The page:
A U.S. judge stopped the Trump administration from removing WeChat, the Chinese-owned messaging app, for downloads from Alphabet Inc and Apple Inc’s Google.
Laurel Beeler, the U.S. Magistrate Judge in San Francisco stated that the WeChat users who filed a complaint have shown critical questions going in the virtues of the First Amendment claim, the balance of adversities tips in the accusers’ favor.
The U.S. Commerce Department issued an order on Friday mentioning national security basis to block the app from the U.S. app stores which are owned by Tencent Holdings and the Justice Department had advised Beeler not to block the order.
Beeler’s initial ban also blocked the Commerce order that could have barred other dealings with WeChat in the US. This could have reduced WeChat’s usability in the present U.S. users or possibly made it unusable.
WeChat has witnessed around 19 million daily active users in the US. It is popular among the Americans living in China, Chinese students, and some Americans who have professional or personal connections with China.
The Justice Department stated that the president’s aim to address threats to national security will be displaced if the order is blocked.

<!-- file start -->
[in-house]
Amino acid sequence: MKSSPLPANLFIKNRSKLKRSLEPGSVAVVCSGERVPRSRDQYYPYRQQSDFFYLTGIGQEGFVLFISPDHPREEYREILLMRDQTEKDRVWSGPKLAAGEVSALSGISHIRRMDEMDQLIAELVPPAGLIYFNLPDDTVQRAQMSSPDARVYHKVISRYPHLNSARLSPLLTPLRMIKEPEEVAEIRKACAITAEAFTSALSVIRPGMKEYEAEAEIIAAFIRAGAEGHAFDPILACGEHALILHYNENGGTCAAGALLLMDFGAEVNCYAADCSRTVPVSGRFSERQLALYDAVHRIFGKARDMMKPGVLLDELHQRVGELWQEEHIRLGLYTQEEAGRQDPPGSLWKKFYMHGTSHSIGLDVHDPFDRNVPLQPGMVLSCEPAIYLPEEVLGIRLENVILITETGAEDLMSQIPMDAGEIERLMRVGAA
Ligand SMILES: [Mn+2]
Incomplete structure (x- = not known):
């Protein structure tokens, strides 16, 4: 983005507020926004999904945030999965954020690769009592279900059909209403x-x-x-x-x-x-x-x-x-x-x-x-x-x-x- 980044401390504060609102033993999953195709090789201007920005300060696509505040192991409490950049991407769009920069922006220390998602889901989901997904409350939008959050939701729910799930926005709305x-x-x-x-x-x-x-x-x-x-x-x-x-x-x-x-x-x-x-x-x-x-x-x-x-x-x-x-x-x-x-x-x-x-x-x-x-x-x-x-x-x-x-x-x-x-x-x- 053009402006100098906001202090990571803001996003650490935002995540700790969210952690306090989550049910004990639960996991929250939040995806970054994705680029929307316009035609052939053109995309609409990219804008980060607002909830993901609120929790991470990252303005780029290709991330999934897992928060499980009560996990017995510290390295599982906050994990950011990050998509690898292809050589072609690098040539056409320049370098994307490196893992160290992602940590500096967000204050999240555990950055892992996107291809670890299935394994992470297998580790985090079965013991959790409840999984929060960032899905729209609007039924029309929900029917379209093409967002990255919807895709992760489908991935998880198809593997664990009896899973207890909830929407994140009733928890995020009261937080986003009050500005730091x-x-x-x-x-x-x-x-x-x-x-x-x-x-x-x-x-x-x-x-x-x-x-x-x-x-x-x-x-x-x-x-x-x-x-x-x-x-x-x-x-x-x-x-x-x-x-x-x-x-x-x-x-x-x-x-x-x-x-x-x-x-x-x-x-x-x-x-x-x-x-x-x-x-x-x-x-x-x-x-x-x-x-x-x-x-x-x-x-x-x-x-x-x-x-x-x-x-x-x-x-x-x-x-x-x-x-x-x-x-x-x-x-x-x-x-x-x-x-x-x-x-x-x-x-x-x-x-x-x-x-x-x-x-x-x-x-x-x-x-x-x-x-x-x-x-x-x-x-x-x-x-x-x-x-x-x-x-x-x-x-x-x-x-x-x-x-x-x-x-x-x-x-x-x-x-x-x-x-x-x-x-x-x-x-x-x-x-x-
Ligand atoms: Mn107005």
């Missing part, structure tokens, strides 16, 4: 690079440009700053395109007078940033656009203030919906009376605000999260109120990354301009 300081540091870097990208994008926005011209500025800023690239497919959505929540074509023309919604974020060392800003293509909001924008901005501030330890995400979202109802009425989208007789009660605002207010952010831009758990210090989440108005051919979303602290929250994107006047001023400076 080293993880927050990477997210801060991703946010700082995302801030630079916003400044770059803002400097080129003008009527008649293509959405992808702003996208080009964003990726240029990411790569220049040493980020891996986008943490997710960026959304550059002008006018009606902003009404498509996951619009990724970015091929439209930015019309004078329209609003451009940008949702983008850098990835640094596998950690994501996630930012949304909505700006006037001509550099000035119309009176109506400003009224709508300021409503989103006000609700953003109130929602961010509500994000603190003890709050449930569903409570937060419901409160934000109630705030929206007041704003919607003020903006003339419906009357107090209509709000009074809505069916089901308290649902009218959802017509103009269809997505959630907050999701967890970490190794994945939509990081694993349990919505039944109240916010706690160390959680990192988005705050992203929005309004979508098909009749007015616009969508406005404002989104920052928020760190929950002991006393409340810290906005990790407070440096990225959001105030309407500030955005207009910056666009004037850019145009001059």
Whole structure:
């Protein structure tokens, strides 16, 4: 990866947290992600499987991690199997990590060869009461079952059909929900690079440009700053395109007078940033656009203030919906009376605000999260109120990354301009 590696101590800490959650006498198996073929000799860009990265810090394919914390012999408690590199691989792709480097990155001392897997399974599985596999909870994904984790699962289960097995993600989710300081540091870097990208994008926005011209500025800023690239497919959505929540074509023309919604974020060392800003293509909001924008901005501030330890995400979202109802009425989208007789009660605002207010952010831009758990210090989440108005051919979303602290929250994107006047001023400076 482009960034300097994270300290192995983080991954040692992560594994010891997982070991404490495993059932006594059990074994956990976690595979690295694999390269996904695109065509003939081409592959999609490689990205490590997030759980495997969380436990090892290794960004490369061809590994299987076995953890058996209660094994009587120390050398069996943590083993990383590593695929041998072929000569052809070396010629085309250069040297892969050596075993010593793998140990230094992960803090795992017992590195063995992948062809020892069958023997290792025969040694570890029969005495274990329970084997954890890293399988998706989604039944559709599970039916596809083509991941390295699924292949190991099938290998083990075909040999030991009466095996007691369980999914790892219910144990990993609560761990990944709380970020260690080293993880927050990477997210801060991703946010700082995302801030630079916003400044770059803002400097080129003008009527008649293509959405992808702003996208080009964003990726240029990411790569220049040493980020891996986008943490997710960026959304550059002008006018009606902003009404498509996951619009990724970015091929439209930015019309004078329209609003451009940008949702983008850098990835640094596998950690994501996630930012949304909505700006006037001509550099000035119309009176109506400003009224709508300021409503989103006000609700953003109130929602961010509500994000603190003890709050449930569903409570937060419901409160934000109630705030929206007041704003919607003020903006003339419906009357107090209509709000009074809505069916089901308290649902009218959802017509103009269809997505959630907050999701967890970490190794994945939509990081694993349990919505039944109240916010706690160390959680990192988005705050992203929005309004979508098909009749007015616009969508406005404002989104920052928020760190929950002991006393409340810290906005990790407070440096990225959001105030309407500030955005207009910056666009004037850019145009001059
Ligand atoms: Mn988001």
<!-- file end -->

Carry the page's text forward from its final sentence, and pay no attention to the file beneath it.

Beeler called the administration’s predominant national security interests noteworthy but while the administration has found that the activities of China raise substantial national security concerns, it has given negligible evidence that its ban on WeChat for all US users will address the issue.
With over a billion users, WeChat combines services like WhatsApp, Venmo, Facebook, and Instagram and is an important part of everyday life for many people in China.
The Justice Department also reasoned that the users of WeChat can switch to other platforms or apps.
The lawyer for the users, Michael Bien stated that the US has never banned any major communication platform, not even during the wars. There are serious First Amendment issues with the WeChat prohibition that targets the Chinese American community.